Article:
STTR Phase II: Advanced Lithium-ion Nanobatteries

Award Information
Agency:
National Science Foundation
Branch
n/a
Amount:
$499,837.00
Award Year:
2009
Program:
STTR
Phase:
Phase II
Contract:
0924197
Award Id:
88478
Agency Tracking Number:
0740507
Solicitation Year:
n/a
Solicitation Topic Code:
n/a
Solicitation Number:
n/a
Small Business Information
8100 Shaffer Parkway, Suite #130, Littleton, CO, 80127
Hubzone Owned:
N
Minority Owned:
N
Woman Owned:
N
Duns:
148034408
Principal Investigator:
Wen Lu
PhD
(303) 792-5615
wenl@adatech.com
Business Contact:
Wen Lu
PhD
(303) 792-5615
wenl@adatech.com
Research Institute:
University of Dayton
Jon Nieberding
8100 Shaffer Parkway
Suite 130
Littleton, CO, 80127 4107
(937) 229-2919
Nonprofit college or university
Abstract
This award is funded under the American Recovery and Reinvestment Act of 2009 (Public Law 111-5). This Small Business Technology Transfer (STTR) Phase II research project proposes to develop nanotechnology-enabled advanced lithium-ion batteries for electric transportation applications. While lithium-ion batteries represent the current state-of-the-art for rechargeable batteries, performance of current lithium-ion battery designs is limited by the properties of both electrodes and electrolytes. The proposed research combines nanostructured electrodes with environmentally benign electrolytes to develop high-performance, safe, and long lifespan lithium-ion batteries. The proposed research will optimize nanostructured electrodes, produce the electrodes in large scale, and fabricate and evaluate packaged prototype batteries. A team capable of fabricating, evaluating, and commercializing these batteries for electric transportation applications has been assembled. The broader impact of this research is to improve the functionality and marketability of advanced electric transportation applications such as hybrid electric vehicles (HEVs), Plug-In Hybrid Electric Vehicles (PHEVs), and Electric Vehicles (EVs). The proposed batteries will significantly benefit electric vehicle applications by decreasing harmful emissions, achieving better fuel economy, and reducing our nation?s reliance on foreign petroleum sources. More broadly, they will also benefit a wide range of applications including consumer electronics, medical electronics, electric utility industries, and military and defense systems. The technology under development in this project will enable the next generation of lithium-ion batteries that will offer superior performance and reduced environmental concerns. In addition to lithium-ion batteries, nanostructured materials demonstrated in this project will have a broad impact on other electronic and electrochemical devices.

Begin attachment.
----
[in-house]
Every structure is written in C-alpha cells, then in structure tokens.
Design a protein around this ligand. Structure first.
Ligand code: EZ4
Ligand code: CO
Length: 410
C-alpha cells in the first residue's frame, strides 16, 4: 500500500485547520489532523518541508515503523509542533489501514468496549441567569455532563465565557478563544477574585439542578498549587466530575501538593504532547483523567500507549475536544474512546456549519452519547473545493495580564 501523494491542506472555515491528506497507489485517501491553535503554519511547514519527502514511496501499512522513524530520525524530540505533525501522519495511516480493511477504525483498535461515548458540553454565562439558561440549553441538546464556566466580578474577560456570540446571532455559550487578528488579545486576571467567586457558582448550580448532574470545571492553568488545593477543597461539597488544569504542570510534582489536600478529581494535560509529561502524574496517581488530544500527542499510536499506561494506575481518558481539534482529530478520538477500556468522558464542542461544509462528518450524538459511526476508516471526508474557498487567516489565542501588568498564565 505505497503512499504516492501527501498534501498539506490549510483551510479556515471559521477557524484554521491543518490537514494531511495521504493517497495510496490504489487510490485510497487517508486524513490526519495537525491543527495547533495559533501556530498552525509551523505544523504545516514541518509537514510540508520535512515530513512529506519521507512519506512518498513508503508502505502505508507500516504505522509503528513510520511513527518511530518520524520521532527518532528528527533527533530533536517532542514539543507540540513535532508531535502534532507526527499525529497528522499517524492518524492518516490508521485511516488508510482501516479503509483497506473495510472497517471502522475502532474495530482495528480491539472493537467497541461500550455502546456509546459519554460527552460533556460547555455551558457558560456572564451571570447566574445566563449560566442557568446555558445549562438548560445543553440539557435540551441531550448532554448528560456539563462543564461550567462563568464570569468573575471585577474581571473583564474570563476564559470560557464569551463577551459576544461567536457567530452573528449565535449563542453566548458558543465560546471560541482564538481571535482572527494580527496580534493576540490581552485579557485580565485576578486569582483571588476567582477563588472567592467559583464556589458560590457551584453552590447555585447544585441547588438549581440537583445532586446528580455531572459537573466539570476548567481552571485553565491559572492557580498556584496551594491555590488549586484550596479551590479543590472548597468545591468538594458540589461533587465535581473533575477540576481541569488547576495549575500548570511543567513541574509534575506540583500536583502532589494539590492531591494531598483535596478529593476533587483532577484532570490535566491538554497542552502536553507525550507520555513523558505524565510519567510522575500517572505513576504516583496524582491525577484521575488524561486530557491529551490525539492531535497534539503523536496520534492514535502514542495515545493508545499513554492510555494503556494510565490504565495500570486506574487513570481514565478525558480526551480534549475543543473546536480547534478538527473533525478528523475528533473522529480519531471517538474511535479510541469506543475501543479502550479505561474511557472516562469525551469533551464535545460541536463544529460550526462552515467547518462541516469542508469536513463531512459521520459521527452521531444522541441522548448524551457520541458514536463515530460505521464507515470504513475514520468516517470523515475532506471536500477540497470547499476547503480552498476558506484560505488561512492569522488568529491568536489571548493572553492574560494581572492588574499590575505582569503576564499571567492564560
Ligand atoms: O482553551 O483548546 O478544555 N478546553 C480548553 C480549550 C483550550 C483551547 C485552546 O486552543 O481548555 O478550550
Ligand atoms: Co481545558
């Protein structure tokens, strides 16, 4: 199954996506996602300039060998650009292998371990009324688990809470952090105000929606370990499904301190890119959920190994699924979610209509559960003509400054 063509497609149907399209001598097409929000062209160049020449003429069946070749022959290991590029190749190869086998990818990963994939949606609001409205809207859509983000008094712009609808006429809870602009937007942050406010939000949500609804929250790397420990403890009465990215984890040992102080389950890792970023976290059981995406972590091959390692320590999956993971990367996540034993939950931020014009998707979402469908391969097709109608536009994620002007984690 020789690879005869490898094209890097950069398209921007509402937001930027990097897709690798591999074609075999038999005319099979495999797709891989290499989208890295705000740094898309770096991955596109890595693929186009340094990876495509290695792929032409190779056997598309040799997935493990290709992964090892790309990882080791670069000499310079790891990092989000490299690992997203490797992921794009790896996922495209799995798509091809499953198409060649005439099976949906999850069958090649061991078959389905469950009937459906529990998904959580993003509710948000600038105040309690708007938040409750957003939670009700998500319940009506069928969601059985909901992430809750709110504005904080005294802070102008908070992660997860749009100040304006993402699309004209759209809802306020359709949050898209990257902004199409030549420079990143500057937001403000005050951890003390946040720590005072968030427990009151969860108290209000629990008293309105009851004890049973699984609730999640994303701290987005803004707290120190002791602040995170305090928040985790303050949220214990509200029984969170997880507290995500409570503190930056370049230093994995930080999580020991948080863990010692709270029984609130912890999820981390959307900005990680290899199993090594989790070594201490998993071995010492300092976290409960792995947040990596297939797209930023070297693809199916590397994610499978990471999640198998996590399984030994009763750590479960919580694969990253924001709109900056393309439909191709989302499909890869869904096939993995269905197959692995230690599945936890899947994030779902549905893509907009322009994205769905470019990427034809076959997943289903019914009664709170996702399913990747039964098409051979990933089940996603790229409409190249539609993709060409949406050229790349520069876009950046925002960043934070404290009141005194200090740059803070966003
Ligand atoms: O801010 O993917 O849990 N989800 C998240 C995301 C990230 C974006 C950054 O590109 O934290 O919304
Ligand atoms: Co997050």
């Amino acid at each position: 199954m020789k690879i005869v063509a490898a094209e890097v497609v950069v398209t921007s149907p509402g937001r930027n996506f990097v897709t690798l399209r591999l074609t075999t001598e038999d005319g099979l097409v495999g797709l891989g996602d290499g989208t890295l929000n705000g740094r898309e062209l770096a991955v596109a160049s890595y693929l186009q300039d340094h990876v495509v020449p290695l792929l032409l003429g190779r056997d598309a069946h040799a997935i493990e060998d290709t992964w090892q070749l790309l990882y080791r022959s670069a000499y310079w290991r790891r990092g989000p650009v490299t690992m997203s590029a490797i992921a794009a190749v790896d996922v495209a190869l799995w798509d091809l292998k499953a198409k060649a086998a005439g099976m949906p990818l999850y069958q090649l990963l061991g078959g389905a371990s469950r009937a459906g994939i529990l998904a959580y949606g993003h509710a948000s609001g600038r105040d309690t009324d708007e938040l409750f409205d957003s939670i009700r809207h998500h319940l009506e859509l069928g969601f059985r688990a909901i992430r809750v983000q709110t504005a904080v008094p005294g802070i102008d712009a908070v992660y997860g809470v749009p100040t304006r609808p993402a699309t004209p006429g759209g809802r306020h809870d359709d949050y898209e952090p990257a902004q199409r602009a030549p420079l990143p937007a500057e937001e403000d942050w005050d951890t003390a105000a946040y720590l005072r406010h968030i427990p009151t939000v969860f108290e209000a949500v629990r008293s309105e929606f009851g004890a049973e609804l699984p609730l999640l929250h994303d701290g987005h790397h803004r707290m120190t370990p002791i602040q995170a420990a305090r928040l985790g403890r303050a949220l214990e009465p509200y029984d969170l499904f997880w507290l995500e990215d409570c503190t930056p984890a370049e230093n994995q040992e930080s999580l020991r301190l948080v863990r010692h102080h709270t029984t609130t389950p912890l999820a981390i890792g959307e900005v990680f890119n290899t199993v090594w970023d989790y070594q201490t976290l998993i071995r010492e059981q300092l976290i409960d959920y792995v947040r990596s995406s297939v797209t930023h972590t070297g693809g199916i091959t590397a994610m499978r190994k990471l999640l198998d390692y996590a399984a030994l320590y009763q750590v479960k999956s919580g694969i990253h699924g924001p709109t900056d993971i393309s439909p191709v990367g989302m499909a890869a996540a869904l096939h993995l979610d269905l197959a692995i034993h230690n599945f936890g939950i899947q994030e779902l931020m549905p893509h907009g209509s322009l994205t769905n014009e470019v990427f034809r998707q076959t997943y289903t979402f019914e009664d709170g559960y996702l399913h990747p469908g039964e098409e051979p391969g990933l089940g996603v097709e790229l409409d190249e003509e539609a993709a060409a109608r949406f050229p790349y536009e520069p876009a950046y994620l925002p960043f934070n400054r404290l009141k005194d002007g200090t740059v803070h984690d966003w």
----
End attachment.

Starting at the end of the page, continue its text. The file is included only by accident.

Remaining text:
* information listed above is at the time of submission.

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